The Way We Were

I was appointed the finance correspondent for Senior Life Advisor, an online magazine for investors near or in retirement.  The articles for Senior Life Advisor were designed to offer actionable information as well as items of interest about economics, investing and personal finance.

The Dow Jones Industrial Average consists of 30 stocks that, in general, represent the composition of the U.S. economy.  Looking at the components over time can offer some interesting insights about how our economy has evolved.  

For instance, in 1884, all but one of the components was a railroad company.  Today there isn’t a single railroad company in the Dow.  

In 1956, the Dow was composed of heavy industries such as Bethlehem Steel and Union Carbide, and just one retailer, F.W. Woolworth.  There was not a single healthcare company, and Chrysler, which was a Dow denizen in 1956 is now owned by Italian automaker Fiat.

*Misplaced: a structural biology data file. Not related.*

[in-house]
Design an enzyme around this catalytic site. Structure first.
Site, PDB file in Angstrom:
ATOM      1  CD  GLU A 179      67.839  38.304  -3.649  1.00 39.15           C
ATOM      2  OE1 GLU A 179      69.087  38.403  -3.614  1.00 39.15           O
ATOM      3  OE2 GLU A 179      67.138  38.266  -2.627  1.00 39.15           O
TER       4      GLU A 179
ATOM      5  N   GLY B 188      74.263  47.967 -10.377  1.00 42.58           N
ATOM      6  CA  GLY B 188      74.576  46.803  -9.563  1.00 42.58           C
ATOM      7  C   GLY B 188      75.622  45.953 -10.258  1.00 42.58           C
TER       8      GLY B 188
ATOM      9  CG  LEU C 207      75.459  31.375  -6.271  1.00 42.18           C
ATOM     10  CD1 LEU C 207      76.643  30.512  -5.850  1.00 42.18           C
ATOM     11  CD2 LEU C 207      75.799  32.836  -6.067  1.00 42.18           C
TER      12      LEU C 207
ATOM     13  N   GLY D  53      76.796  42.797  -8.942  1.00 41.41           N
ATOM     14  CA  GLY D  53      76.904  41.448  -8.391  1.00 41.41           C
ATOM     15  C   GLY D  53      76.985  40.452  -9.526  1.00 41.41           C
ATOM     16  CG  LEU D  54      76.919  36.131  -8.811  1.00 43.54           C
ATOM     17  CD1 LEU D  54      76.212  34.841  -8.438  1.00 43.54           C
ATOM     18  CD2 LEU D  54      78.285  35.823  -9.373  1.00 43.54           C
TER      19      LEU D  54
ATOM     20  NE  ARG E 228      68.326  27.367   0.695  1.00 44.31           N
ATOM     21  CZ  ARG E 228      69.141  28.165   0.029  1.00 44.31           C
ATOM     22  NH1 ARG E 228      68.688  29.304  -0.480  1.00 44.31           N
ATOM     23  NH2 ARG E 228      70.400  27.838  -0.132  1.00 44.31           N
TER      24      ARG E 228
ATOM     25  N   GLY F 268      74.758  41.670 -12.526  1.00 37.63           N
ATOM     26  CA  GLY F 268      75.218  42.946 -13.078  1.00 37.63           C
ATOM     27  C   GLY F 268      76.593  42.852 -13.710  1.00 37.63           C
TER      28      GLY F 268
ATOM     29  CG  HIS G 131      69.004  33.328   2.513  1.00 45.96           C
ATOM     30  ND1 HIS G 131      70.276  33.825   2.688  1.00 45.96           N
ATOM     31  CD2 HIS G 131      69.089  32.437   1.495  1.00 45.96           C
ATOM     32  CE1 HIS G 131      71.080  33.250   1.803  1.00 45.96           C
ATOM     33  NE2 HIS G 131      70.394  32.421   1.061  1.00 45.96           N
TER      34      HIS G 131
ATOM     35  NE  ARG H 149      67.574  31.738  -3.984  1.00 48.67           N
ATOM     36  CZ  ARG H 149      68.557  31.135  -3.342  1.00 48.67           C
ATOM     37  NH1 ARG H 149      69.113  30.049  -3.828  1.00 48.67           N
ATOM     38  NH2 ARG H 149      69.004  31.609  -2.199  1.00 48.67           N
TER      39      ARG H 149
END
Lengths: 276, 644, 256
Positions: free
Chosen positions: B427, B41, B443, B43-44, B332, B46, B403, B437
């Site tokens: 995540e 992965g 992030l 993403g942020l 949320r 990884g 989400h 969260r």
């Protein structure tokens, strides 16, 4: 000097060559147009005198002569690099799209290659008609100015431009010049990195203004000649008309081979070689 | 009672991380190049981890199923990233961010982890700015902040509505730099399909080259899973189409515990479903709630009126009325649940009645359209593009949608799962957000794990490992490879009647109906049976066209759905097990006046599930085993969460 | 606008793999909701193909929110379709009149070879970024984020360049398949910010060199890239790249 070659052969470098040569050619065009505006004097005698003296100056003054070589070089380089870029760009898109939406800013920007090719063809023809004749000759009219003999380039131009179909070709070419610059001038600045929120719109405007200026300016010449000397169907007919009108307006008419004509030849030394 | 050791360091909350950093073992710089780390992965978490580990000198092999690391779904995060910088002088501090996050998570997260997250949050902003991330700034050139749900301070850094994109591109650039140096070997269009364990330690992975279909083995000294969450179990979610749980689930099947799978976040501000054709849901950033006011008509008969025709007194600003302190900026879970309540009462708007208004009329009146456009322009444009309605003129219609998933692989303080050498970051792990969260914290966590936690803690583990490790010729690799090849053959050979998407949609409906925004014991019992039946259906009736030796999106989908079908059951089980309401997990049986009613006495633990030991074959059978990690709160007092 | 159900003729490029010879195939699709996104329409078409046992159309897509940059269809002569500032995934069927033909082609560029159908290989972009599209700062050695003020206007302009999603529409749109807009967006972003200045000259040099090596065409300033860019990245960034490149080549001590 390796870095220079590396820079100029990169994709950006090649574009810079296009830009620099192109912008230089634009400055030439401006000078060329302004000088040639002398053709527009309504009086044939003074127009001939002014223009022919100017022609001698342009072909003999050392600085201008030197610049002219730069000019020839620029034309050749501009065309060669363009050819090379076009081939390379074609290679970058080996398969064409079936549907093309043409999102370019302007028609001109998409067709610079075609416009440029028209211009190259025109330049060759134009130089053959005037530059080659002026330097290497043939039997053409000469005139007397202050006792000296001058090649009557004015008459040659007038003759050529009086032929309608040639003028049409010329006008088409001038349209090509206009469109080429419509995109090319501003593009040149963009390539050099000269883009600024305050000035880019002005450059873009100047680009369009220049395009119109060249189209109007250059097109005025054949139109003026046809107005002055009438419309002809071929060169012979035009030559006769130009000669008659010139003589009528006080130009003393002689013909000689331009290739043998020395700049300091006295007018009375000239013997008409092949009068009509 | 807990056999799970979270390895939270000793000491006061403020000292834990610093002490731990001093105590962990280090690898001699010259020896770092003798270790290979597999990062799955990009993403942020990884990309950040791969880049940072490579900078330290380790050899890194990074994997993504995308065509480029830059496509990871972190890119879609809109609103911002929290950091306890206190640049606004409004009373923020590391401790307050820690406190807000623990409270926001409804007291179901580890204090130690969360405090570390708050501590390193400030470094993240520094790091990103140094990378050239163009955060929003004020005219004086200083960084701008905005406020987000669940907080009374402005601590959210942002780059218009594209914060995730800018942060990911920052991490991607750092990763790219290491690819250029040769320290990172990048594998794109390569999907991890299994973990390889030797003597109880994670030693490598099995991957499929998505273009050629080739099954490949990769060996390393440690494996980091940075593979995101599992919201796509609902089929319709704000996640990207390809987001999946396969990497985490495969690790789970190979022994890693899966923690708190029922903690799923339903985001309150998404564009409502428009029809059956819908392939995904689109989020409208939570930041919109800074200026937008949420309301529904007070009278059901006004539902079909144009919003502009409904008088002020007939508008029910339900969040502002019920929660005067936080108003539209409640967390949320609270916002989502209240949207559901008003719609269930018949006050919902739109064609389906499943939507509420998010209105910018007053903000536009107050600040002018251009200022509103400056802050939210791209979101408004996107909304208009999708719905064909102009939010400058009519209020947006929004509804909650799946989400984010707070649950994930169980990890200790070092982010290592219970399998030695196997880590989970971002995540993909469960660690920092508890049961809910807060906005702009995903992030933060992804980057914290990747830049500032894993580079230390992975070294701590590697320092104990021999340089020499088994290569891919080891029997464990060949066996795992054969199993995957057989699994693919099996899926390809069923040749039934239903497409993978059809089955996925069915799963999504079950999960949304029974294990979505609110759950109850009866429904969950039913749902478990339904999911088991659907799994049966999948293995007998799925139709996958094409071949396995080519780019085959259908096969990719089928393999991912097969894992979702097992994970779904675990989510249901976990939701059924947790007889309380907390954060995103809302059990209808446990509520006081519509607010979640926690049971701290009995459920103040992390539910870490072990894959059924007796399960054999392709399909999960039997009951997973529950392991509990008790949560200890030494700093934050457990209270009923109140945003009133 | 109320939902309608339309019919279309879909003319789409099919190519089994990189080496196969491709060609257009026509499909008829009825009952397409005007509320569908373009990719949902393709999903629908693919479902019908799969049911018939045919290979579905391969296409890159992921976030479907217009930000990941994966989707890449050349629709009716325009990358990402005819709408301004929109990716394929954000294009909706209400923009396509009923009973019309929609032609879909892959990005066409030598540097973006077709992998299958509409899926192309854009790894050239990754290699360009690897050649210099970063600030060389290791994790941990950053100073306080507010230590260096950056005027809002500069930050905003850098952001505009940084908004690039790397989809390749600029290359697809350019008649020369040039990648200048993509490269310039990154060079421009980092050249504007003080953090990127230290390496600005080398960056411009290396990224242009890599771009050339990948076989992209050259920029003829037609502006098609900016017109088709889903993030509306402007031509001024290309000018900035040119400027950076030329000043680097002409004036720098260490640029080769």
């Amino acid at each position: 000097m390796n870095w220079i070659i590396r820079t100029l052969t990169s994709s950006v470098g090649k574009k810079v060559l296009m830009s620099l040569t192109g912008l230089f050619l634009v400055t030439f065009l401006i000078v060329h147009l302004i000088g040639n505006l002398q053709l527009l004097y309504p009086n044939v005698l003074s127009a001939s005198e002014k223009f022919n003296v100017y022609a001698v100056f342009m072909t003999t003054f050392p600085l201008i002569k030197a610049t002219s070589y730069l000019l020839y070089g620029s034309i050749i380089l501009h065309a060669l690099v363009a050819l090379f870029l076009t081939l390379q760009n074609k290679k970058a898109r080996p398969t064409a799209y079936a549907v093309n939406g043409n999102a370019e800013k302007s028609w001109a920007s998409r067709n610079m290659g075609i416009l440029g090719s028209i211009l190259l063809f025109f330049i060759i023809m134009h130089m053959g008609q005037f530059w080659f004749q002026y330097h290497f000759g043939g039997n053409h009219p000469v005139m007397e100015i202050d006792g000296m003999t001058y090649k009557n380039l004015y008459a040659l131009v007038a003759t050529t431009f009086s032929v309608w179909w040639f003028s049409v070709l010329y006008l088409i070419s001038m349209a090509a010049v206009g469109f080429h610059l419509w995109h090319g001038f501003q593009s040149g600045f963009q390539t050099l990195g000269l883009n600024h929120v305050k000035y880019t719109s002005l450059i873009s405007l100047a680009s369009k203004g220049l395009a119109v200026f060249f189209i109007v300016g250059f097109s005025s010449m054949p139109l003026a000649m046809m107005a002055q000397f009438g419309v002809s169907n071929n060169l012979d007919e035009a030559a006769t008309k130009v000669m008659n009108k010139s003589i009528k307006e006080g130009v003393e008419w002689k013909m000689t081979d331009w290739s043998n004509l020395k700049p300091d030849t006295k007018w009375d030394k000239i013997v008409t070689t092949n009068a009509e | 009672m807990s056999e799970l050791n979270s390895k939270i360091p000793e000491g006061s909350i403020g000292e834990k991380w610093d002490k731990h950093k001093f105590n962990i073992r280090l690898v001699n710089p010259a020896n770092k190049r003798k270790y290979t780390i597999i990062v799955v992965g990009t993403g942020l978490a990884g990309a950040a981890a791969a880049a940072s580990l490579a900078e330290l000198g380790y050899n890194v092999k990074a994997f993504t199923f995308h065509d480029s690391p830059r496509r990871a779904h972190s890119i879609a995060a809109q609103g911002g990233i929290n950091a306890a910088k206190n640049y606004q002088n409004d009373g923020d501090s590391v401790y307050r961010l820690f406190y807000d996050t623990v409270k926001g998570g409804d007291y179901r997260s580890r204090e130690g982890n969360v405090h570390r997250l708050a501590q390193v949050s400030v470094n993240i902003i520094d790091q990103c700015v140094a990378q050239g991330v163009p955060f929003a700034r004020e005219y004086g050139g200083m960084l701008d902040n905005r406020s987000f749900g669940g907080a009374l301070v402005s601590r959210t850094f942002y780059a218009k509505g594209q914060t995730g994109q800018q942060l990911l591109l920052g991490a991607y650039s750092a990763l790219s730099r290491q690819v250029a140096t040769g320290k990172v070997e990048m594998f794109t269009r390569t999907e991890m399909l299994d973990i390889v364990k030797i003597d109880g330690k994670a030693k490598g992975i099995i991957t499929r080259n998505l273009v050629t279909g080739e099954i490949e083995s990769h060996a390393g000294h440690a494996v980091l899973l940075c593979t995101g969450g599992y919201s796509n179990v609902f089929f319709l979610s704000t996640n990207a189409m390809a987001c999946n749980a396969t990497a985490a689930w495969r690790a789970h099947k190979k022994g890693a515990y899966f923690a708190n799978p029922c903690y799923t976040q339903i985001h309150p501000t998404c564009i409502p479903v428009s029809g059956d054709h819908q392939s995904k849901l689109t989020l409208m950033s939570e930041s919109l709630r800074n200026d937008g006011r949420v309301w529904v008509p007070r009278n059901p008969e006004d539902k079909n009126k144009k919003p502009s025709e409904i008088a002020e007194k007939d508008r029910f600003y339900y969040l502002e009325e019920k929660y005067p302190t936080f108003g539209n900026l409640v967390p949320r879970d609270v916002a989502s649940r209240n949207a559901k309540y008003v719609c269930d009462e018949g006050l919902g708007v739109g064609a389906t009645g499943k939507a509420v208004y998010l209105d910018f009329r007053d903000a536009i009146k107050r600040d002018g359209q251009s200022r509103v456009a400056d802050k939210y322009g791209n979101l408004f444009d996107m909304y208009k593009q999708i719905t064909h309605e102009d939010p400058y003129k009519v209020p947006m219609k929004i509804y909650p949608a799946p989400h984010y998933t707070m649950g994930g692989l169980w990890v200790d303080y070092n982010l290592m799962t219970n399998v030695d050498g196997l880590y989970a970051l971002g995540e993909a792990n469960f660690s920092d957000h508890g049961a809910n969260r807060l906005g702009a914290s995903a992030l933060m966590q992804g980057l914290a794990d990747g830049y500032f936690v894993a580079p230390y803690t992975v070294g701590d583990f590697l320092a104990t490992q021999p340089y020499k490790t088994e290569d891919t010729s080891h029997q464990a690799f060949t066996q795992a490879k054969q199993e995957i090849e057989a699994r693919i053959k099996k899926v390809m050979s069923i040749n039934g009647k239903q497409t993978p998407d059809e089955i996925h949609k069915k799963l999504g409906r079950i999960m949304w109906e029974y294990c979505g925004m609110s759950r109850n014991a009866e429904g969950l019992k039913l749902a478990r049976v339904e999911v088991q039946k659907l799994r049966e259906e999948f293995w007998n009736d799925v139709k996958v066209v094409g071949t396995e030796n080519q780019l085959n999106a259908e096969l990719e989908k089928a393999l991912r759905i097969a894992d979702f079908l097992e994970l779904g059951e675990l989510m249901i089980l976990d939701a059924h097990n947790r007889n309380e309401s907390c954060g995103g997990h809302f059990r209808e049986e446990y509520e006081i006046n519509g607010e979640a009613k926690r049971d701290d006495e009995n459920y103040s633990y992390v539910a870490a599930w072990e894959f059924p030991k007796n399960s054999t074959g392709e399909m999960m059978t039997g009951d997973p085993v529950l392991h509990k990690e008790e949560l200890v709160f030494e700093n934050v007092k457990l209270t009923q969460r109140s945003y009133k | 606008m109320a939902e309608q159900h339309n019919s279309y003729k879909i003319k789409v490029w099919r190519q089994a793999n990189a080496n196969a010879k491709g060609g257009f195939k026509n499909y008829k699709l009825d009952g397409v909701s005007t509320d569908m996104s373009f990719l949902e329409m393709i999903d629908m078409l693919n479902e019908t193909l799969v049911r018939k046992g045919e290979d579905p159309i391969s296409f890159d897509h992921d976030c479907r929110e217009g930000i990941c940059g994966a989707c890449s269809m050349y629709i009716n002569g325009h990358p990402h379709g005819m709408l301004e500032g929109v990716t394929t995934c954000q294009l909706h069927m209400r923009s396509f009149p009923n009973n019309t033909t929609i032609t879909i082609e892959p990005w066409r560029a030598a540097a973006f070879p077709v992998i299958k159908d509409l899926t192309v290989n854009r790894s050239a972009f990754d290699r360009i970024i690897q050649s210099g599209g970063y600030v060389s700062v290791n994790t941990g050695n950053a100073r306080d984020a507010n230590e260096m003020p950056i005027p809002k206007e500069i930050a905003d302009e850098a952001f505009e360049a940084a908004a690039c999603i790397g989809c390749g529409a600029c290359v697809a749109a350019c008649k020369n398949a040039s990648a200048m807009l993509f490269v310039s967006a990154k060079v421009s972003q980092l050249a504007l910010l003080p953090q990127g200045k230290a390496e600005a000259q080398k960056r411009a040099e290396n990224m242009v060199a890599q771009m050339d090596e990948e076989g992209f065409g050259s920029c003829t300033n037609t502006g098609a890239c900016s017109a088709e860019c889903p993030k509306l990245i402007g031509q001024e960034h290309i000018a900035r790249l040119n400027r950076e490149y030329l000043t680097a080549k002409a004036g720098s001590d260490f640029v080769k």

Today, the largest company on the Dow is Apple, a consumer products and tech company, followed closely by Microsoft, a software company.  Healthcare is large component with Merck, Pfizer Johnson & Johnson and United Healthcare.  And in what might be the clearest example of how our economy has changed, General Electric, once the largest industrial company in the United States was unceremoniously removed from the Dow in June of 2018. 

Source:

Dow Jones Components https://en.wikipedia.org/wiki/Historical_components_of_the_Dow_Jones_Industrial_Average